The main Turkish prosecutor files a case to shut down the pro-Kurdish HDP | News from the Kurds
A high-level Turkish prosecutor has filed a complaint with the Constitutional Court to demand the closure of the pro-Kurdish People’s Democratic Party (HDP) after a years-long crackdown on the third party in parliament.
The move came on Wednesday as Omer Faruk Gergerlioglu, a prominent HDP lawmaker, was convicted of a 2016 social media post that the courts ruled as “terrorist propaganda.”
An appeals court decision upholding the conviction was read to parliament, resulting in his automatic eviction from the house. Gergerlioglu protested against this decision and refused to leave.
HDP said Gergerlioglu was punished for sharing on Twitter the link to a report containing comments by the Kurdistan Workers’ Party (PKK), an armed group that led a decades-long armed uprising in Turkey.
Bekir Sahin, chief prosecutor of the Supreme Court of Appeal, accused the leaders and members of the HDP of “having acted in a manner which flouts democratic and universal rules of law, of colluding with the terrorist PKK and affiliated groups, and aimed at destroying and eliminating the indivisible integrity of the state, ”the state news agency Anadolu reported.
The HDP, which has 55 seats in the 600-member parliament, denies any connection with the Kurdish fighters.
The High Court must approve the indictment before the trial against the HDP can begin.
Several of the HDP’s predecessor parties were shut down over the decades for alleged links to Kurdish fighters, but were quickly re-established under different names.
Pressure on the HDP has increased since Turkey said 13 captives – including Turkish military and police – were killed by PKK fighters in Iraq in a failed Turkish military operation to save them last month.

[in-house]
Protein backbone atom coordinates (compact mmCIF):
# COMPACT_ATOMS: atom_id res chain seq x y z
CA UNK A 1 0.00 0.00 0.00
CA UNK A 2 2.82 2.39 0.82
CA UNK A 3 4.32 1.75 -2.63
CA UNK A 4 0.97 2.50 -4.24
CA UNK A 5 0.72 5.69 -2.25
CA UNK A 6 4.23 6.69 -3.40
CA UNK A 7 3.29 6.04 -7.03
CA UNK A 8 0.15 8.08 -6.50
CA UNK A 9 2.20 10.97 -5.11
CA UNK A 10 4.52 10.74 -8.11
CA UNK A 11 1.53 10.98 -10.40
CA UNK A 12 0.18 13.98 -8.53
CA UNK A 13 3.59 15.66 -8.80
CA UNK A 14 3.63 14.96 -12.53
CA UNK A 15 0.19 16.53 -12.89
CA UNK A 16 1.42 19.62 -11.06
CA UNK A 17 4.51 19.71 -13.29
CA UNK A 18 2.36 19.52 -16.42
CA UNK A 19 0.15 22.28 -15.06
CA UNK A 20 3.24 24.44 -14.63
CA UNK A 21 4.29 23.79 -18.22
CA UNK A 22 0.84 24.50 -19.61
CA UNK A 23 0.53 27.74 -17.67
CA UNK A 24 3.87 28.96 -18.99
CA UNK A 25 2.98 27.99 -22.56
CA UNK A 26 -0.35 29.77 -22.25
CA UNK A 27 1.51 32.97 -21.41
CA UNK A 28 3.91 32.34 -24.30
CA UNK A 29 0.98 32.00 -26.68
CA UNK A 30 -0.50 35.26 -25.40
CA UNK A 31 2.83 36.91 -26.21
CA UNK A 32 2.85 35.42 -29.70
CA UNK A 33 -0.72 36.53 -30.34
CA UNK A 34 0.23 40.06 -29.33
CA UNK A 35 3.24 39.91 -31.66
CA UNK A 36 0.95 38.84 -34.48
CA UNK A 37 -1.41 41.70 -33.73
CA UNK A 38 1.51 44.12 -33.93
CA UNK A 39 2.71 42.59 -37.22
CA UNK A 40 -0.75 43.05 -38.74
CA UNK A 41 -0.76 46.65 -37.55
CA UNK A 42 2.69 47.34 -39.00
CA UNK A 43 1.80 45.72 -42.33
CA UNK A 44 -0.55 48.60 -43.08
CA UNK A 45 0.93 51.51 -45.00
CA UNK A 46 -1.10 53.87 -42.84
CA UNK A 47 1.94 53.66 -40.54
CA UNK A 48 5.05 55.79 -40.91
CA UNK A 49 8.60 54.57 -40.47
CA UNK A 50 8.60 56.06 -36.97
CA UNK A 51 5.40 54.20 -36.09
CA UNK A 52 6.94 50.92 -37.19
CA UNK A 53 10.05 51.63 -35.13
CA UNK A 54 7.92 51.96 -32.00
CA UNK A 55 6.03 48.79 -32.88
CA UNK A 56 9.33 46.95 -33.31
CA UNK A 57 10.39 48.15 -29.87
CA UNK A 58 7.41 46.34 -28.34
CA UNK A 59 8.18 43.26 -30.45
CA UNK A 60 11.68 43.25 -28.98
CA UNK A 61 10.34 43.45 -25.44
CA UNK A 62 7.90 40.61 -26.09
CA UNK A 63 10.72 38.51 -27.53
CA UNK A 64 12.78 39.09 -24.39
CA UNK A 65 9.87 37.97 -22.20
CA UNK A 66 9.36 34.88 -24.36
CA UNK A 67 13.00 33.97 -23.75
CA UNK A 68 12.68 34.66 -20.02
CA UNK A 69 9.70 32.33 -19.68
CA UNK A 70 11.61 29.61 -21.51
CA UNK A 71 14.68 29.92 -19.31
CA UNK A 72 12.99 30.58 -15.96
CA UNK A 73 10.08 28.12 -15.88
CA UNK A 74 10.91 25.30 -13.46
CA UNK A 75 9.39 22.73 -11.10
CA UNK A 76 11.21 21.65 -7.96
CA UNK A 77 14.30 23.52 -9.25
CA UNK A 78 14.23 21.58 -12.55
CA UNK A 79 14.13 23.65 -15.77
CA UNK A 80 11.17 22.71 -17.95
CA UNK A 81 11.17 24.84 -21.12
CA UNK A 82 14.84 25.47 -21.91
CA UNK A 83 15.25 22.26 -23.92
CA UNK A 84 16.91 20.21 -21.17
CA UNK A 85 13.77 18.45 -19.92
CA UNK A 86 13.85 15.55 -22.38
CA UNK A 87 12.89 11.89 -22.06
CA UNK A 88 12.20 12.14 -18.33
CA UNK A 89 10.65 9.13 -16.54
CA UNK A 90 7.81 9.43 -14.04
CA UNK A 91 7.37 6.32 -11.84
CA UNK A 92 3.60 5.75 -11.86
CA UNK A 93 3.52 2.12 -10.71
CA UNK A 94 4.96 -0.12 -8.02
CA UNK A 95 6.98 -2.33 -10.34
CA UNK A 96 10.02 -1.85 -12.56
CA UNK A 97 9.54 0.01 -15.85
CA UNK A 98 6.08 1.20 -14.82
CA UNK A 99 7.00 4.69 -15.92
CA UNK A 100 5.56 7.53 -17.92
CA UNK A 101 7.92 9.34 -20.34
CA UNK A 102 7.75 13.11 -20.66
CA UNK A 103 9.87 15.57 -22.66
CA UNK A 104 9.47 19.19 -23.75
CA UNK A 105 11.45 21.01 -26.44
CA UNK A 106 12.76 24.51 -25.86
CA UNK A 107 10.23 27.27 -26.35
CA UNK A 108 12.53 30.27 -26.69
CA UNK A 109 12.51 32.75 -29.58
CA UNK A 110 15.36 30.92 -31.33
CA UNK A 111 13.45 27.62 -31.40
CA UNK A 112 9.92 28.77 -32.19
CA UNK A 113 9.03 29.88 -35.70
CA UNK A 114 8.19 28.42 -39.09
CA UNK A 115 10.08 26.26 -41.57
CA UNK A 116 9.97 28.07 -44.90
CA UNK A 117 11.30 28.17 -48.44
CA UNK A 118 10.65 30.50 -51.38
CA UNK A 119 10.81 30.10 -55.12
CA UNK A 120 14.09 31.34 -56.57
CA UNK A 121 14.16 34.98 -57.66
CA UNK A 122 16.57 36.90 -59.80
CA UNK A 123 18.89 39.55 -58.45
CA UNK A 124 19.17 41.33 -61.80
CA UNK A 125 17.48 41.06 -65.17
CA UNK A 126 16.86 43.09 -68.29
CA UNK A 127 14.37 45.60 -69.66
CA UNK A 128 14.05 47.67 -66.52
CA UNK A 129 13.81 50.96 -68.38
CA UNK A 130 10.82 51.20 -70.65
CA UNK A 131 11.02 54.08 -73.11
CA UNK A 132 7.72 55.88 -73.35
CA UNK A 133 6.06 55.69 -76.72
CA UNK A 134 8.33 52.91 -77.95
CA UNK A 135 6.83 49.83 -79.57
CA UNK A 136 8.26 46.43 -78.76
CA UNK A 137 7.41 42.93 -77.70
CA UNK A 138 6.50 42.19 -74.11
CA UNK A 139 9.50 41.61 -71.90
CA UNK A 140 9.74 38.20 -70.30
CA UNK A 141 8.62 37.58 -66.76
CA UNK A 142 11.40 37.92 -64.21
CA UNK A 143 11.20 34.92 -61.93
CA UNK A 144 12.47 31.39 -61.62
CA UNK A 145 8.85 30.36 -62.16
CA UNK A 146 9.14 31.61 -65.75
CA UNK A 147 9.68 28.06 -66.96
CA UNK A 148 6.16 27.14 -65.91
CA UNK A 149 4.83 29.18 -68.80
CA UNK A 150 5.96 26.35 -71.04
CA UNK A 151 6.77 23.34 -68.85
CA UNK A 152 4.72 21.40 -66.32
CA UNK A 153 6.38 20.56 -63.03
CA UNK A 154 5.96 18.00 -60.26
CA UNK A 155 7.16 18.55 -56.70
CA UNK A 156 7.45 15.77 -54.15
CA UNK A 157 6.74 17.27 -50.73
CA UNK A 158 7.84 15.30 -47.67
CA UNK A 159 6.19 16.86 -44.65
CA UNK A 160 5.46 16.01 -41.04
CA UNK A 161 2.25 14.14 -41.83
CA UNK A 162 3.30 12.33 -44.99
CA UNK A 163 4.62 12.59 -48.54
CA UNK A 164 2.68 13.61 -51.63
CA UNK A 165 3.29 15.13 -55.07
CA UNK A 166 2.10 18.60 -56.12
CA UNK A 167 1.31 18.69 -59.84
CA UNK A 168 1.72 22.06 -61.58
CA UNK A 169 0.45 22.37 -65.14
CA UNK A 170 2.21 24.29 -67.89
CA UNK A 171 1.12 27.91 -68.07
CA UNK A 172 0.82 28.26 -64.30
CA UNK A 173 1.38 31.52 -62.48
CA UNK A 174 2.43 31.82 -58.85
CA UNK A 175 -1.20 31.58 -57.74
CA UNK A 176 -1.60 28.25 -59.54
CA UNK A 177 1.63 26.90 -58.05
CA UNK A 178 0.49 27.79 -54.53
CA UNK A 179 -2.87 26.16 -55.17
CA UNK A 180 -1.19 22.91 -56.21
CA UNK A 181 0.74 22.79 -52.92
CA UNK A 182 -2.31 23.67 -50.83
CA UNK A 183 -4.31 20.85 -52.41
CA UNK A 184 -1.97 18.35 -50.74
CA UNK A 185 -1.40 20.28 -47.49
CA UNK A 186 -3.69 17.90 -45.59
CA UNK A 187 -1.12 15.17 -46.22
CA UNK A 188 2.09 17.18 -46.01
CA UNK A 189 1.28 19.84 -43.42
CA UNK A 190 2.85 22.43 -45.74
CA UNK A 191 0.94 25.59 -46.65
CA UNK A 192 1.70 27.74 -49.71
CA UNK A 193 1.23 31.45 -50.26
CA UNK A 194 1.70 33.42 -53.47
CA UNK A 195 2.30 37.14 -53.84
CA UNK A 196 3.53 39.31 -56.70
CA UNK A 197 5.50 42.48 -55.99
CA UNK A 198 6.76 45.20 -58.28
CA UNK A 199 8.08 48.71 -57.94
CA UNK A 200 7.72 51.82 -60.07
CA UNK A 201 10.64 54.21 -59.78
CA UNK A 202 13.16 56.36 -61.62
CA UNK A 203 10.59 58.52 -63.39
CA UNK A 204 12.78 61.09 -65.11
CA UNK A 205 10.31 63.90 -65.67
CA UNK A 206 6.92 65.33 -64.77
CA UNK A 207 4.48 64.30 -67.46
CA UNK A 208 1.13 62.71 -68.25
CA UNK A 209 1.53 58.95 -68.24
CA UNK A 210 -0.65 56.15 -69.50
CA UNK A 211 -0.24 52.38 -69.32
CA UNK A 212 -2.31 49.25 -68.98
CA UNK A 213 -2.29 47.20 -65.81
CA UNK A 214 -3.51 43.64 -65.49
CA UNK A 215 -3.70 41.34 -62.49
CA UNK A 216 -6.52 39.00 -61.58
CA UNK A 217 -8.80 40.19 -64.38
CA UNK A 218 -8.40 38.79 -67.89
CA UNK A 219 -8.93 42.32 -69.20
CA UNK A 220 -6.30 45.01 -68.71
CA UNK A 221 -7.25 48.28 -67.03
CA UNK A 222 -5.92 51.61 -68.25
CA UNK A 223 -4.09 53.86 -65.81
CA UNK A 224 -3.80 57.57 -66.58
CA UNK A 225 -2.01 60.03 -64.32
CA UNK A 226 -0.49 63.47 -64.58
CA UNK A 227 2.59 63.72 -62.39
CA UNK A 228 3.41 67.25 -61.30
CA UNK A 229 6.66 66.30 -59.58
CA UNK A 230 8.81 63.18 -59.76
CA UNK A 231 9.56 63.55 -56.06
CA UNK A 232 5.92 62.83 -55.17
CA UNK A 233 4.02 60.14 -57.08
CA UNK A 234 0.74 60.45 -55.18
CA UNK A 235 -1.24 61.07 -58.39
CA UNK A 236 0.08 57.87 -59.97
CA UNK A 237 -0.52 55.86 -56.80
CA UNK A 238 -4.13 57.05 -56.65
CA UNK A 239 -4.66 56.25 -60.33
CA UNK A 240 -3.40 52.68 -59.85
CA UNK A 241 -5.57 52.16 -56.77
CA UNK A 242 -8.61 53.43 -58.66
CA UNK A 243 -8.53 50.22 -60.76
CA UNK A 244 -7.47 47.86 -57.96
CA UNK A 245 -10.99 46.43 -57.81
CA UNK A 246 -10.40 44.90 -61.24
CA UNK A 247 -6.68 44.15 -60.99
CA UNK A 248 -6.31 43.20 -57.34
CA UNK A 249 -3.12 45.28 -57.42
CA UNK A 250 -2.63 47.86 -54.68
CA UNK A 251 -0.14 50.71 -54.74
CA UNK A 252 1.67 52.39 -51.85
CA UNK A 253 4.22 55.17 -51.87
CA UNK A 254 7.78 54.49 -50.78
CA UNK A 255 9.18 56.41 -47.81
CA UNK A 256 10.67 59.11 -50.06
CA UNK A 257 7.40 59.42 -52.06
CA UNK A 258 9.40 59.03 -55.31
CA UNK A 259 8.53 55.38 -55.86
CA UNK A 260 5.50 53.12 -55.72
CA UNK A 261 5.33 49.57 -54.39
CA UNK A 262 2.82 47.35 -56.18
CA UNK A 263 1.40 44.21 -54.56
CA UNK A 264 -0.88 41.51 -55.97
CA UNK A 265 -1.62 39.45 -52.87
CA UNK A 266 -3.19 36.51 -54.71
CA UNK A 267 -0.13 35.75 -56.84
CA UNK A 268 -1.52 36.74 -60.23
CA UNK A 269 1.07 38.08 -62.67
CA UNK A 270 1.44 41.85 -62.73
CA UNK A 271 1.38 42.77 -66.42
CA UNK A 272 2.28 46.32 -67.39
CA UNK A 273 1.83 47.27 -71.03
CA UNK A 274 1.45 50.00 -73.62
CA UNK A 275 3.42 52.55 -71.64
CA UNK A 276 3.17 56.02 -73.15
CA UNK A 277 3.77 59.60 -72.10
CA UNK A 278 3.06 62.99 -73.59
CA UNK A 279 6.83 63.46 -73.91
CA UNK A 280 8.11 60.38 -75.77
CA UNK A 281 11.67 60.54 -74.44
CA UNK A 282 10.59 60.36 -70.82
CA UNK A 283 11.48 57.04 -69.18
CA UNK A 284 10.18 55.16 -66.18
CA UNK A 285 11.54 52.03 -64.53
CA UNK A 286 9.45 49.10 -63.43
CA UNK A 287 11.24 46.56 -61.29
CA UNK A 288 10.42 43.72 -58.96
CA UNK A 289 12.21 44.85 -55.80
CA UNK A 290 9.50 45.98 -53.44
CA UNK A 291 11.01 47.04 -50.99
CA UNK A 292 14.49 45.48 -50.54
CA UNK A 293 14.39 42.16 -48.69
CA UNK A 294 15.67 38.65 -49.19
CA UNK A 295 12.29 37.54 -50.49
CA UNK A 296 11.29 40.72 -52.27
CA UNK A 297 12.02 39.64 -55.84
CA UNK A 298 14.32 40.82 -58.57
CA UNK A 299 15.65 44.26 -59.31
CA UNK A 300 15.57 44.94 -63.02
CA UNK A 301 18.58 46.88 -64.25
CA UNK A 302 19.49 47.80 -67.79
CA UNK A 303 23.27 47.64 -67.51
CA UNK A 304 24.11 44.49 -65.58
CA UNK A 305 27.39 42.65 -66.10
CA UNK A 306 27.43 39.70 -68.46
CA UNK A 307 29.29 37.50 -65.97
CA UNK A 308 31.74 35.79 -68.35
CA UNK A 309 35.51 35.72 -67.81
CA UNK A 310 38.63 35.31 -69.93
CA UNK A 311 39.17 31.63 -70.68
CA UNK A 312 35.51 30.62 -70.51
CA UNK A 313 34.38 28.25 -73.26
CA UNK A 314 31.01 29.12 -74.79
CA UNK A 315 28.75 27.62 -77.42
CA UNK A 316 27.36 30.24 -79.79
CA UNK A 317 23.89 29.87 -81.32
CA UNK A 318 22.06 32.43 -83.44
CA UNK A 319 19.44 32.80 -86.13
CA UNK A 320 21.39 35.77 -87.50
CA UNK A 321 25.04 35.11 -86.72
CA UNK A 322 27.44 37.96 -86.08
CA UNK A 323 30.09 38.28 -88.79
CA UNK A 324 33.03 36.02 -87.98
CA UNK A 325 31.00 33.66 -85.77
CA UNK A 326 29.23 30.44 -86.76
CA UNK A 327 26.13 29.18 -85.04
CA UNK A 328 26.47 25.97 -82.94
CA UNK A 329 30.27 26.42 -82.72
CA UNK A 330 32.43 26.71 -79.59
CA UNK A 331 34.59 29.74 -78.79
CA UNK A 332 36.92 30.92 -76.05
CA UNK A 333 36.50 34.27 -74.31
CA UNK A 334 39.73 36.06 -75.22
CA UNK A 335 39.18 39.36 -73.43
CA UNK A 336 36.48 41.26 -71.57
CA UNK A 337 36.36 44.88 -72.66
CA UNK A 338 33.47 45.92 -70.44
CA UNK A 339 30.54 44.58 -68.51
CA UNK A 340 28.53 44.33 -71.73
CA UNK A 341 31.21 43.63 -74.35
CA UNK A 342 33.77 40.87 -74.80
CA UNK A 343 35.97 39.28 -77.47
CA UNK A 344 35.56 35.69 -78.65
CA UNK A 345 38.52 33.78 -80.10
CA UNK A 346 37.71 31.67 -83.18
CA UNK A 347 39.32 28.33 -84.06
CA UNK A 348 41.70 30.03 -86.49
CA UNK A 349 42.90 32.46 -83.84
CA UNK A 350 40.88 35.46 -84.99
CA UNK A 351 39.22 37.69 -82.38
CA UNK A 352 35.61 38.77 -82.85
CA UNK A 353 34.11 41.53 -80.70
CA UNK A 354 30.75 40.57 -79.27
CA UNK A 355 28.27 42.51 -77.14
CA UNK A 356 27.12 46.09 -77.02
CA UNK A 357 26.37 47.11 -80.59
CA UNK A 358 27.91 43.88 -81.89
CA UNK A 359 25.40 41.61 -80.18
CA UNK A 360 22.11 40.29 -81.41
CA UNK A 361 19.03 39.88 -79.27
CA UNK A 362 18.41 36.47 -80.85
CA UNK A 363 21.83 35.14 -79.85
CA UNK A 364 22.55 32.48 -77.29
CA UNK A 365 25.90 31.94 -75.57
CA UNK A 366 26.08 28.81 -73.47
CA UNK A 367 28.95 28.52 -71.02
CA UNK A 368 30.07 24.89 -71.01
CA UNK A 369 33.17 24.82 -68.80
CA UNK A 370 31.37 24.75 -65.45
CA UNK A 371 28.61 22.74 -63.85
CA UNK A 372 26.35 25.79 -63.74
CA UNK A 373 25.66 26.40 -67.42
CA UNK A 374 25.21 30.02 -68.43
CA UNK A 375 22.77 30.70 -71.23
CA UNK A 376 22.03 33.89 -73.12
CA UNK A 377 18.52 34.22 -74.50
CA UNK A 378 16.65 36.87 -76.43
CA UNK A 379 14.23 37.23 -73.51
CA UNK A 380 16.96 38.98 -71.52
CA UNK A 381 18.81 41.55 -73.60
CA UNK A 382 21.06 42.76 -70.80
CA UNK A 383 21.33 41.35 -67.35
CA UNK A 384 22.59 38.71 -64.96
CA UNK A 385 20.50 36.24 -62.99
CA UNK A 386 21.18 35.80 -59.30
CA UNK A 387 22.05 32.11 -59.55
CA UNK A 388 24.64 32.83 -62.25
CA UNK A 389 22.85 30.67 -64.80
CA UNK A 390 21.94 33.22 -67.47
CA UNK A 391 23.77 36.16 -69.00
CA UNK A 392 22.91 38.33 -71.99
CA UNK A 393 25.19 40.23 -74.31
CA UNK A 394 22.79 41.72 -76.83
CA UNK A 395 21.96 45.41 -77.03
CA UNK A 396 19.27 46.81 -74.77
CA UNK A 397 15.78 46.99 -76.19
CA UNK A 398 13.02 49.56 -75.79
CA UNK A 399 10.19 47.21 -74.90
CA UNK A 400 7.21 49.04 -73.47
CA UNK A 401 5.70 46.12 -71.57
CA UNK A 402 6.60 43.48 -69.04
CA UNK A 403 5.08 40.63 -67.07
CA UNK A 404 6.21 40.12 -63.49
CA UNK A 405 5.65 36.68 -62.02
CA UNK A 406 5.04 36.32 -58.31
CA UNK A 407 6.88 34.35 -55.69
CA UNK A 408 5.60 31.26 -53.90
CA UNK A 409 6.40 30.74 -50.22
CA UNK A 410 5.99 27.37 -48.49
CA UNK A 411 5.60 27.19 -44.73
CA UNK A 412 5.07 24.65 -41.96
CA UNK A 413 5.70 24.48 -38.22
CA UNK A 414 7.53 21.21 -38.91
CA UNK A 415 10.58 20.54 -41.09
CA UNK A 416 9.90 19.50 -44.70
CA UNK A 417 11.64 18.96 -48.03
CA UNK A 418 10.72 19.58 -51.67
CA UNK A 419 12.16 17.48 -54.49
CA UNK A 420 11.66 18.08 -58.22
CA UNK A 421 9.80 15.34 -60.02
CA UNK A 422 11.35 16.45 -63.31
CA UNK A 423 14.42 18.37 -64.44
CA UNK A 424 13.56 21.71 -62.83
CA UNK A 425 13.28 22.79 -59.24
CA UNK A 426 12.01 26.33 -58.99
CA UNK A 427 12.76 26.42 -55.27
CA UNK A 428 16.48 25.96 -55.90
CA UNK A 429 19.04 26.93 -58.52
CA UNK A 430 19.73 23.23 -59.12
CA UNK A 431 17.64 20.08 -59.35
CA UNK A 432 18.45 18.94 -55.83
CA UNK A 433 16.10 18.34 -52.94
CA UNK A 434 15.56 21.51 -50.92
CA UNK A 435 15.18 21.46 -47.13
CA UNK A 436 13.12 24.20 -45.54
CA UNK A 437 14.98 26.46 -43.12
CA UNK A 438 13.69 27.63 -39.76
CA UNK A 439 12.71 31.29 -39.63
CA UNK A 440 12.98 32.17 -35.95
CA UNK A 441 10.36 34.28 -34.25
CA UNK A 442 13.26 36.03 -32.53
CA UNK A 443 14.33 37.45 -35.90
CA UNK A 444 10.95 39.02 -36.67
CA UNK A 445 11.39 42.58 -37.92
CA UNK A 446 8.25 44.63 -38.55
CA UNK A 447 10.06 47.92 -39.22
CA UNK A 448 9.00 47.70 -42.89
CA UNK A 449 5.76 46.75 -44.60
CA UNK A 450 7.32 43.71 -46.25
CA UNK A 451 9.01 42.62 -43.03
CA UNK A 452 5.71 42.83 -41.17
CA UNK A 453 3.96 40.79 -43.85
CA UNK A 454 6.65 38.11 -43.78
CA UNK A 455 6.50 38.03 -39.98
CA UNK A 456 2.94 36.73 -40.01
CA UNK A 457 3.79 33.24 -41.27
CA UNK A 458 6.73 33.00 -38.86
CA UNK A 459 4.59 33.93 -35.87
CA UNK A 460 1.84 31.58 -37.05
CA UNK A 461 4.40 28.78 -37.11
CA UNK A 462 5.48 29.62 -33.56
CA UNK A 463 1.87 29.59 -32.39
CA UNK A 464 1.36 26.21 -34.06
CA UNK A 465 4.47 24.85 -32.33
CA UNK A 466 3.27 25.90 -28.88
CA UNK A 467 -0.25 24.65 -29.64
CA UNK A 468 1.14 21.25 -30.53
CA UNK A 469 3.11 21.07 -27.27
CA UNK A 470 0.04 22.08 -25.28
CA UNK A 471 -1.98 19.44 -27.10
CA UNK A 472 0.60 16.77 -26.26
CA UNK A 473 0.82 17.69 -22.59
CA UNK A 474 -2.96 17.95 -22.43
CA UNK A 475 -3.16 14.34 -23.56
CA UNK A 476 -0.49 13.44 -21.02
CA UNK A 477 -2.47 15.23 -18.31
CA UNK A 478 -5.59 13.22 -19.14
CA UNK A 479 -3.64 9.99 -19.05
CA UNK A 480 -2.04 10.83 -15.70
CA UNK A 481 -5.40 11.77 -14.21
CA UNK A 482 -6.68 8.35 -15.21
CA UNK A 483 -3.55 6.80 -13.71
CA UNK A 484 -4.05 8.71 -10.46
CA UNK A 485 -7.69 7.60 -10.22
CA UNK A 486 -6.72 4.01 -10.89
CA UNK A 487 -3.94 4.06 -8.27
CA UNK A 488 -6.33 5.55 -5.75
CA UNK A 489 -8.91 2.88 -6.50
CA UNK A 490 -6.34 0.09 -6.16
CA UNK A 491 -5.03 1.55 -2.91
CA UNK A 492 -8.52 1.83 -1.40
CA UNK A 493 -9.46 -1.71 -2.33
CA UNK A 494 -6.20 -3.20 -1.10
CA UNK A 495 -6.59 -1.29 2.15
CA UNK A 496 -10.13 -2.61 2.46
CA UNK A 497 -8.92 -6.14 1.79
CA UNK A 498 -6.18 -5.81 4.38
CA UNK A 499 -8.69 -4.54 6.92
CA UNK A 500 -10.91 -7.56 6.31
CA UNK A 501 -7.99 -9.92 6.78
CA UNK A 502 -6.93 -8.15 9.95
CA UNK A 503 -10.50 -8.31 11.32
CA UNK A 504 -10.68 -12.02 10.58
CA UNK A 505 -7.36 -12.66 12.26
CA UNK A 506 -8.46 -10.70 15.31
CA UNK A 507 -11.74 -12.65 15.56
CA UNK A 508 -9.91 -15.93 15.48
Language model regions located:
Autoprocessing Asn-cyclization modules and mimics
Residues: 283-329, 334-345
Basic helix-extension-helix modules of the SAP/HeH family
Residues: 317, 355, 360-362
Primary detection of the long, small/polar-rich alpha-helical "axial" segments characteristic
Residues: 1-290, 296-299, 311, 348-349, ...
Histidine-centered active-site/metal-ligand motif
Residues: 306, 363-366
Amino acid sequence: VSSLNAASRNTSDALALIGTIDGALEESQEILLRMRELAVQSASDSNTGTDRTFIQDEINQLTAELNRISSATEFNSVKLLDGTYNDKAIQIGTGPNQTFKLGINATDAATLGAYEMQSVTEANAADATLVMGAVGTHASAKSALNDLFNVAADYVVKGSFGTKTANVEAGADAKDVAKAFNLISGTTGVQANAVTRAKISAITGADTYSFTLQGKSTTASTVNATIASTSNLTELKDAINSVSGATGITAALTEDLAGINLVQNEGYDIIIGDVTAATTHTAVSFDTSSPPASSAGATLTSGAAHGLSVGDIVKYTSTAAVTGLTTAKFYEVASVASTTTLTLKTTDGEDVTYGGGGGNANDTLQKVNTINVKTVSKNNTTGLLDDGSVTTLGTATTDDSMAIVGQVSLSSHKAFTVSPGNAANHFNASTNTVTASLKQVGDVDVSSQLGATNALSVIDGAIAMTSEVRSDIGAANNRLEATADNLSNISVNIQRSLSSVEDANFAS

Openly critical of the human rights record of President Recep Tayyip Erdogan’s government, Gergerlioglu said the lawsuit against him was politically motivated and aimed to silence him.
He said he was unfairly removed from his seat before the Constitutional Court reviewed his case and promised not to leave Parliament until the High Court issues its decision.
The decision to expel Gergerlioglu sparked a noisy protest in the boardroom, with HDP lawmakers knocking on desks and accusing Erdogan’s ruling party of attacking democracy.
“I came here with the 90,000 votes of the inhabitants of [the northwestern province of] Kocaeli, ”said Gergeroglu, addressing reporters watching the proceedings. “I am the legislator of my party and I am not going anywhere.”
HDP lawmakers remained in the Assembly Hall in solidarity.
“ A deep contempt for democratic norms ”
Government accuses HDP – third largest party in Turkish parliament – of links to bans PKK.
Dozens of HDP lawmakers and mayors – including former co-chair Selahattin Demirtas, as well as thousands of members – have been arrested in a crackdown on the party.
Two other HDP lawmakers also lost their seats in June.
Hugh Williamson, director for Europe and Central Asia of New York-based Human Rights Watch, said on Wednesday that any move to strip Gergerlioglu of his seat “would look like retaliation from the Erdogan government for his position. courageous and vocal in favor of thousands of people. victims of human rights violations ”.
“Gergerlioglu’s conviction is a flagrant violation of his right to freedom of expression and using it as a pretext to expel him from parliament would show a deep contempt for democratic standards and the right of political association,” he said. -he declares.
The decision against Gergerlioglu, a former Erdogan supporter who joined the HDP out of disillusionment, came weeks after the Turkish president’s engagement. a series of human rights reforms.
Gergerlioglu, a former head of a human rights association, denounced several rights violations in Turkey, including alleged illegal strip searches of detainees by police.
He was convicted in 2018 and sentenced to two years and six months in prison for “spreading terrorist propaganda” after retweeting a press article calling for peace with the PKK and commenting that his jailed leader, Abdullah Ocalan, should be involved.
Last month, an appeals court upheld his conviction.
The PKK is considered a “terrorist organization” in Turkey, Europe and the United States.
The PKK has fought an armed uprising against the state in predominantly Kurdish southeastern Turkey since 1984. More than 40,000 people have been killed in the conflict.